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September 7, 2004

Change in Elections Laws in Frederick

Alan Imhoff

As was reported recently, the City of Frederick is taking a look, long overdue in my opinion, at revising its elections laws.

What all the current administration has in mind I can only surmise based on the reports in the news, but at a minimum there should be a process to publish publicly not only where donations come from, but also on what was spent and where.

As a candidate three years ago, I met the required filings and, after losing in the primary, submitted not only my contributions but also made a listing of how my money was spent. So to the mayor and Board of Aldermen let me suggest that in addition to the current requirements, reports on campaign expenditures should be done just after the primary and along with the final report.

What one does in the primary for expenses may not be followed when advanced on to the general election, so the possibility for figuring out an opponent' s strategy from reported expenditures would be made moot.

Besides most all candidates spend a lot of money on campaign signs, mailings and advertisements. I guess the question is: "Who is supplying what at what prices." So what is the big bru-ha-ha all about in reporting campaign expenses?

For me, one of the most glaring omissions is the fact that one could collect tens of thousands of dollars, not have to send a nickel and then pocket the money at the end of the campaign.

Who knows where all the excess funds have gone from prior elections?

Here's where the City of Frederick should follow state and other municipality laws to insure that funds are collected properly, expended on the campaign and have a reasonable method of disbursing excess funds at the end.

Finally, while we are on this topic, what about the possibility of passing an ordinance to change the timing of the city election to say the presidential cycle?

While the historian in me says we ought to keep the off-year cycle going, as a practical elections judge I have watched the number of city voters decrease over the past several cycles, and this is before the recently adopted changes in the number and locations of polling locations.

It will become more difficult to justify holding city elections using public schools as polling places because no other election is going on and schools are in session. With presidential and gubernatorial cycles the school system is closed on Election Day.

Not to mention the expense of paying more and more judges at these additional polling places, for what appears to be fewer and fewer voters. By tying the city election into the presidential cycle, the city could save on some of the expense now borne totally by city taxpayers alone.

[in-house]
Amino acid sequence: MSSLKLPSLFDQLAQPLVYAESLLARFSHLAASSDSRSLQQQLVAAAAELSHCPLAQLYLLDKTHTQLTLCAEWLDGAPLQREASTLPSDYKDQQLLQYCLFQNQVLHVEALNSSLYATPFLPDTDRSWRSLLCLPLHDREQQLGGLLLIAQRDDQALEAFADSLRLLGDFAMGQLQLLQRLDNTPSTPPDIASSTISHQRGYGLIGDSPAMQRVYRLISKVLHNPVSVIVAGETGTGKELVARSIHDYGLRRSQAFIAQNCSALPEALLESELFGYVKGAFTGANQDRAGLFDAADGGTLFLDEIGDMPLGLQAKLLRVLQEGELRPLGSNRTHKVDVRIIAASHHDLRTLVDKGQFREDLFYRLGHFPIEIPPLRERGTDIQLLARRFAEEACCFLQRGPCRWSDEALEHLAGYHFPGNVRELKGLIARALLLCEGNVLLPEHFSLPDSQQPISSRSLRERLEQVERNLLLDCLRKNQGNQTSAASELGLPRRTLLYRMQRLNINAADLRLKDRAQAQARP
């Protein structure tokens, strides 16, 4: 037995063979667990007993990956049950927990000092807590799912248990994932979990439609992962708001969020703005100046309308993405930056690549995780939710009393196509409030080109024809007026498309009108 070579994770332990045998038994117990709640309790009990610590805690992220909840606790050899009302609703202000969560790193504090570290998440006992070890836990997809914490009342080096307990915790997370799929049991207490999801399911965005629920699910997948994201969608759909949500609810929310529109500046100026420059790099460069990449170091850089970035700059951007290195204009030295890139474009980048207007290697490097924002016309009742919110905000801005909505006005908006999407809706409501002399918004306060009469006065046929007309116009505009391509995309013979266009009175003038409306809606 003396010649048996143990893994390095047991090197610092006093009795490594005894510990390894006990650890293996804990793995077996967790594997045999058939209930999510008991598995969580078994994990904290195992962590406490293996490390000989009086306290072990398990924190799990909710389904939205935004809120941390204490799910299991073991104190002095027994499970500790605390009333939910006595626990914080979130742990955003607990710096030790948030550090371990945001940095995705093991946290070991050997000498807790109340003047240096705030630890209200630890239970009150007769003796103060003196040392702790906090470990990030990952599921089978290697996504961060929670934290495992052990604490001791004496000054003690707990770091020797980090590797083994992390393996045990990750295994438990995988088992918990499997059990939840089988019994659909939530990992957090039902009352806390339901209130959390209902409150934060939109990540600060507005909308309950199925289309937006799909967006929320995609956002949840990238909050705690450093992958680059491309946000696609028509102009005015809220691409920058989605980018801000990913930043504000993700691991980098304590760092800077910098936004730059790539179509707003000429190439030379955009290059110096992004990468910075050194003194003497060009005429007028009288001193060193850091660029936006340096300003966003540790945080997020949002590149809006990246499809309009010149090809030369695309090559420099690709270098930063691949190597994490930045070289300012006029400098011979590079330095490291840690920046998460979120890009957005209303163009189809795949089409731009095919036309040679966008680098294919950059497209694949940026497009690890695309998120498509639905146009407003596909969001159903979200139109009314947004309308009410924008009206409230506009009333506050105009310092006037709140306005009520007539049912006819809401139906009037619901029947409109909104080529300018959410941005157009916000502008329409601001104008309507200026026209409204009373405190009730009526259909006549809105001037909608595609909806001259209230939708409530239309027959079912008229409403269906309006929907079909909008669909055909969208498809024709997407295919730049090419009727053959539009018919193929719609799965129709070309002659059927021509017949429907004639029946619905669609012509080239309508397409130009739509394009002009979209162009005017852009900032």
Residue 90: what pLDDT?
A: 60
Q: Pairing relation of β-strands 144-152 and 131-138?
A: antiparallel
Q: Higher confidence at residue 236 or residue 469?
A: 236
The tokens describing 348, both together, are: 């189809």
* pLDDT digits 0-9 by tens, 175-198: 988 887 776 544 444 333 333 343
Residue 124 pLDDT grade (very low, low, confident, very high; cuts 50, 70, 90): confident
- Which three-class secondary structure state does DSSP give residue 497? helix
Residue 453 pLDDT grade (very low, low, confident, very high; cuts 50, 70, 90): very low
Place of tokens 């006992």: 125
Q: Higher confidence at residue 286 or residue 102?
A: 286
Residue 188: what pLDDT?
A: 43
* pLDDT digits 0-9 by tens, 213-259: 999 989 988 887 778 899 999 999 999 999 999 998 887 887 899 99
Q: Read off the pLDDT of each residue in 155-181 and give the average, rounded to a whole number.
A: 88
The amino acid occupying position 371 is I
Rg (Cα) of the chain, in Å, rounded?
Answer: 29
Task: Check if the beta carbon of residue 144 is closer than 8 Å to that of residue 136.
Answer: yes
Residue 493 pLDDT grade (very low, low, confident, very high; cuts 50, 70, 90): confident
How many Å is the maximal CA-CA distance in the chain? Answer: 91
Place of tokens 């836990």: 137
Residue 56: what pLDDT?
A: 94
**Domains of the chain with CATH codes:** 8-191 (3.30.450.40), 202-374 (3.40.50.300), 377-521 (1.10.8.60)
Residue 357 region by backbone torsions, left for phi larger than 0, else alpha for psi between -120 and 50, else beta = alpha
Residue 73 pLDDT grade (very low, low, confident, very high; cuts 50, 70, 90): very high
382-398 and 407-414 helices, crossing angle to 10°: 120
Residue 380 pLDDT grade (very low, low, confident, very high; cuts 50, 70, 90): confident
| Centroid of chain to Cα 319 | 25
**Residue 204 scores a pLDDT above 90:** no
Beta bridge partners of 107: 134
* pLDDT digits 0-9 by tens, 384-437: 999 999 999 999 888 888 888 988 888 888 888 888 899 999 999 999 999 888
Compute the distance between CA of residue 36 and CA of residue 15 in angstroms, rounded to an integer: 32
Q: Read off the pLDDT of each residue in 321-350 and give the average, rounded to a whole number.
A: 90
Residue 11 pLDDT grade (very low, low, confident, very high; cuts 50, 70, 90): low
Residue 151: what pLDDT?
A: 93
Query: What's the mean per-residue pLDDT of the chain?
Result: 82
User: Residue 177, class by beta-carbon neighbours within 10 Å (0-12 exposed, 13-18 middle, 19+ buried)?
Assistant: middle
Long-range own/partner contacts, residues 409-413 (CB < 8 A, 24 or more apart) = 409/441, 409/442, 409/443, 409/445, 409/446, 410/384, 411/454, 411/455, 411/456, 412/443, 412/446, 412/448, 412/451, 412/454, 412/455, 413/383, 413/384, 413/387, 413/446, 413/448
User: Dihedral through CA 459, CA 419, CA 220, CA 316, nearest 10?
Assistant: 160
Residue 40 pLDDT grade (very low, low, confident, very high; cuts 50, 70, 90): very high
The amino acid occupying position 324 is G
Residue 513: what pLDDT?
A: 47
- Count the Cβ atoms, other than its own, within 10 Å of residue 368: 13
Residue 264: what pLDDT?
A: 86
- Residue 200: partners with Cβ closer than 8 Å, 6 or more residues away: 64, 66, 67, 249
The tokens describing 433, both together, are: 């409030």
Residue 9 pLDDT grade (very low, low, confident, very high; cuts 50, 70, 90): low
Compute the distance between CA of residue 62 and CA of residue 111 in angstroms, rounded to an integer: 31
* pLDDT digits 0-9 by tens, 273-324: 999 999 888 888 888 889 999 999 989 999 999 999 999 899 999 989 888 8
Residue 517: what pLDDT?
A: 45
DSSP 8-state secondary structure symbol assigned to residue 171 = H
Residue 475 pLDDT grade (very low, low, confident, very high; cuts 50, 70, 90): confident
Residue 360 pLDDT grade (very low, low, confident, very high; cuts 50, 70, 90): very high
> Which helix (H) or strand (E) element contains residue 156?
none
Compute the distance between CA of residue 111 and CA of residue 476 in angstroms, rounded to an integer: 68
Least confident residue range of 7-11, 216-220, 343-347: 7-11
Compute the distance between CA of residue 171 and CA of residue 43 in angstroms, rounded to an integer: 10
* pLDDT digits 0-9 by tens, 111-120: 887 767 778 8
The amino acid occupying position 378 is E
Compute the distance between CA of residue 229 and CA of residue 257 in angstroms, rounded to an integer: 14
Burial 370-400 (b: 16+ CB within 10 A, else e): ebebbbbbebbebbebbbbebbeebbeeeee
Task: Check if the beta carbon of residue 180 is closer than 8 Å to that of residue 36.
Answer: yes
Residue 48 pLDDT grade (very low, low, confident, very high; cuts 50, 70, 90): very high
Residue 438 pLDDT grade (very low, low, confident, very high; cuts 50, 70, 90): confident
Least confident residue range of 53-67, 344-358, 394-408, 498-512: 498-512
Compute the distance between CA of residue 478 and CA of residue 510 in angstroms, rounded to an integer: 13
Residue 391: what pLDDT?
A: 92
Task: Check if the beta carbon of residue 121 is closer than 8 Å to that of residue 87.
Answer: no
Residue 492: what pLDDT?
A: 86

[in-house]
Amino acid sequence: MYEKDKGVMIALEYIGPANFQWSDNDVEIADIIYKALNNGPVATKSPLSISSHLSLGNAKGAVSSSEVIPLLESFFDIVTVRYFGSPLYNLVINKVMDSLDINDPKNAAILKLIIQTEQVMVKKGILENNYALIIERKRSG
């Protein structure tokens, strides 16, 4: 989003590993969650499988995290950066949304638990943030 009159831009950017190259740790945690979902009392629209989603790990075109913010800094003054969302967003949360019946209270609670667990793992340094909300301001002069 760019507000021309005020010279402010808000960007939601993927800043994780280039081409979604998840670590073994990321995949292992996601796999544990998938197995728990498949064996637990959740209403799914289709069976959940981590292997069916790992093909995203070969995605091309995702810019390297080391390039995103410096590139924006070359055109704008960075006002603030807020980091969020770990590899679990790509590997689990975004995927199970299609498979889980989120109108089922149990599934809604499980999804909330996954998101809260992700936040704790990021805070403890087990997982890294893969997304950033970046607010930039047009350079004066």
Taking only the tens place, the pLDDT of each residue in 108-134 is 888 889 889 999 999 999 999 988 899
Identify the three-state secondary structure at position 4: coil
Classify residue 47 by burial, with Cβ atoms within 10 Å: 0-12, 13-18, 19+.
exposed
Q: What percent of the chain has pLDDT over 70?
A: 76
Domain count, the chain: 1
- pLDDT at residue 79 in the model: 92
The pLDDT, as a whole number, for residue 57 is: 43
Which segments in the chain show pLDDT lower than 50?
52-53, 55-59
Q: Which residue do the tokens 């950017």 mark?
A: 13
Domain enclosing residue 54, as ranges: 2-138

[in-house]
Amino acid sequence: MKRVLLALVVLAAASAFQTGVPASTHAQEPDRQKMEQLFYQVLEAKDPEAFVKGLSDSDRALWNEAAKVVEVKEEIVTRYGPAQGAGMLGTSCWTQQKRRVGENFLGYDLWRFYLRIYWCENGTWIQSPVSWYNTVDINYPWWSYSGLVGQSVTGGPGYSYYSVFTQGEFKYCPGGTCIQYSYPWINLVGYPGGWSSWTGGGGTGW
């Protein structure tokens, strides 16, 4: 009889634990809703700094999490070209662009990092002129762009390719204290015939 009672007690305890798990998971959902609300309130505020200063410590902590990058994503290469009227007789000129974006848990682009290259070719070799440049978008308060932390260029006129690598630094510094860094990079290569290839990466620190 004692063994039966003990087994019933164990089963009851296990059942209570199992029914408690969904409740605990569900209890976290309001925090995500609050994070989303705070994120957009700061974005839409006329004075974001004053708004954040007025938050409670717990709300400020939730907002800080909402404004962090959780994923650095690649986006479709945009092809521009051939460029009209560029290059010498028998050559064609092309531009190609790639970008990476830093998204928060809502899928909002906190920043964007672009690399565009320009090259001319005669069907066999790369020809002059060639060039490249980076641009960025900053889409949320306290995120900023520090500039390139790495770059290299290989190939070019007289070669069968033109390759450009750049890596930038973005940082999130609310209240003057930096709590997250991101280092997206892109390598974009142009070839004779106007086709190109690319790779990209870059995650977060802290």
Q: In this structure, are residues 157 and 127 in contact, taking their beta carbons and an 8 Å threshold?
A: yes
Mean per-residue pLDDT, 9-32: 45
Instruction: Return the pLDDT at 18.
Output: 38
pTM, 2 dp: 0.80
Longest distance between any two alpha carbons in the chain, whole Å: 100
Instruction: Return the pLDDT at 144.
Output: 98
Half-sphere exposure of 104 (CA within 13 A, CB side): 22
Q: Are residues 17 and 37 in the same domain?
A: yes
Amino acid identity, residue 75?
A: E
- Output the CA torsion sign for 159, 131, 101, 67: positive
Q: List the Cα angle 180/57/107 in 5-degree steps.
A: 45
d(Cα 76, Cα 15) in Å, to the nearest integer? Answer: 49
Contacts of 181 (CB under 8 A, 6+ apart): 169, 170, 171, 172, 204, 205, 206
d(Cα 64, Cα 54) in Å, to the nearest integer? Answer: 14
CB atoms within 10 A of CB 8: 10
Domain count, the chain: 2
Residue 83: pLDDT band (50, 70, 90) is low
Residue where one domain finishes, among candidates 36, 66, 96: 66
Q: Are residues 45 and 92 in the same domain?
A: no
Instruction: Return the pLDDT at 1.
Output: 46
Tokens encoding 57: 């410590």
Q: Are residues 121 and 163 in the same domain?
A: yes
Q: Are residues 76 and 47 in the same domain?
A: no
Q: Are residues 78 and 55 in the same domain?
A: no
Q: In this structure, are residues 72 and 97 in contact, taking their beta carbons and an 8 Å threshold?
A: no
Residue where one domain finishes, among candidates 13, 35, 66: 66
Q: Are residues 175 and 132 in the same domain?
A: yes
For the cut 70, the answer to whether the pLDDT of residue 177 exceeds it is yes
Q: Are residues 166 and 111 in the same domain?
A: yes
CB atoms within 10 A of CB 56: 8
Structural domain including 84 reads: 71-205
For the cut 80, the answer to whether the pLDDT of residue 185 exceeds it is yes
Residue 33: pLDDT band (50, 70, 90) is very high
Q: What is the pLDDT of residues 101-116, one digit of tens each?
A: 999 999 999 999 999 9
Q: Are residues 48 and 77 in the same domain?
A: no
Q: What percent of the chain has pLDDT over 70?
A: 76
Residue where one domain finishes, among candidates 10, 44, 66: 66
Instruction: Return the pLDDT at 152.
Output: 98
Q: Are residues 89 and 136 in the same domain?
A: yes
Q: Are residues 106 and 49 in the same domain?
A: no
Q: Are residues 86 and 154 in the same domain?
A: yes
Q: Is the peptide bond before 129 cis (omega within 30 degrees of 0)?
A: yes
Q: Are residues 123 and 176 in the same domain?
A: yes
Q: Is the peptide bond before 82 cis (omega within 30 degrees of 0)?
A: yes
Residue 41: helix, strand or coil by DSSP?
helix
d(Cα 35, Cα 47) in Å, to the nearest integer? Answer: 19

Well, you may say how can we shift to another cycle?

Let's go out on a limb here; let's say the current administration sees the wisdom in reducing expenses and possibly taking advantage of a larger turnout during a presidential election.

Let's say, the current administration in its rewrite of the election law allows for a one-time only short term of office. Therefore those elected in November 2005 would serve only to January 2009. That means only three years instead of four, but in the presidential cycle four years from now, the future candidates would run in 2008 instead of 2009, but would resume the four-year cycle in office.

This would achieve several goals, not the least of which is a better potential for more city residents voting in a city election. While not a citywide statistic, the three precincts that were located where I am one of the chief judges had a combined total on November 6, 2001, of 2,137 voters cast ballots of the 5,737 eligible, or 37.2% turnout.

The previous year on November 7, 2000, those same three precincts had a 57.2% turnout of 3,373 voting from 5,893 eligible.

Granted the total eligible for the presidential election may have included a few county residents due to the make-up of the precinct lines, but what is interesting is that 1,236 more people turned out, or approximately a 20% increase.

We say we want better representation in government, we say we want more participation in the voting process; we say we want to be involved.

If you live in the City of Frederick and are intrigued by this idea to shift the city elections to the presidential cycle, then let your representatives know about it.

One more thing while I am on this topic. I have often read - and frequently have heard - that local elections are not so much about party, but more about people. If that is true, while the city is at changing the elections laws, why not add an open primary into the mix.

With almost 18% of the registered voters neither Democrat nor Republican, just think how exciting it would be if non-Democrats or non-Republican registered voters could vote in the primary? All they would have to do is declare when they go to a precinct to vote in which primary they wanted to vote.

Remember in the General Election everyone gets to vote for whomever they want. It would take a gigantic leap of faith by the entrenched parties to allow this to happen, but, oh, what fun it would be if another 10% of the voters decided to come out and express their feelings with the ballot.

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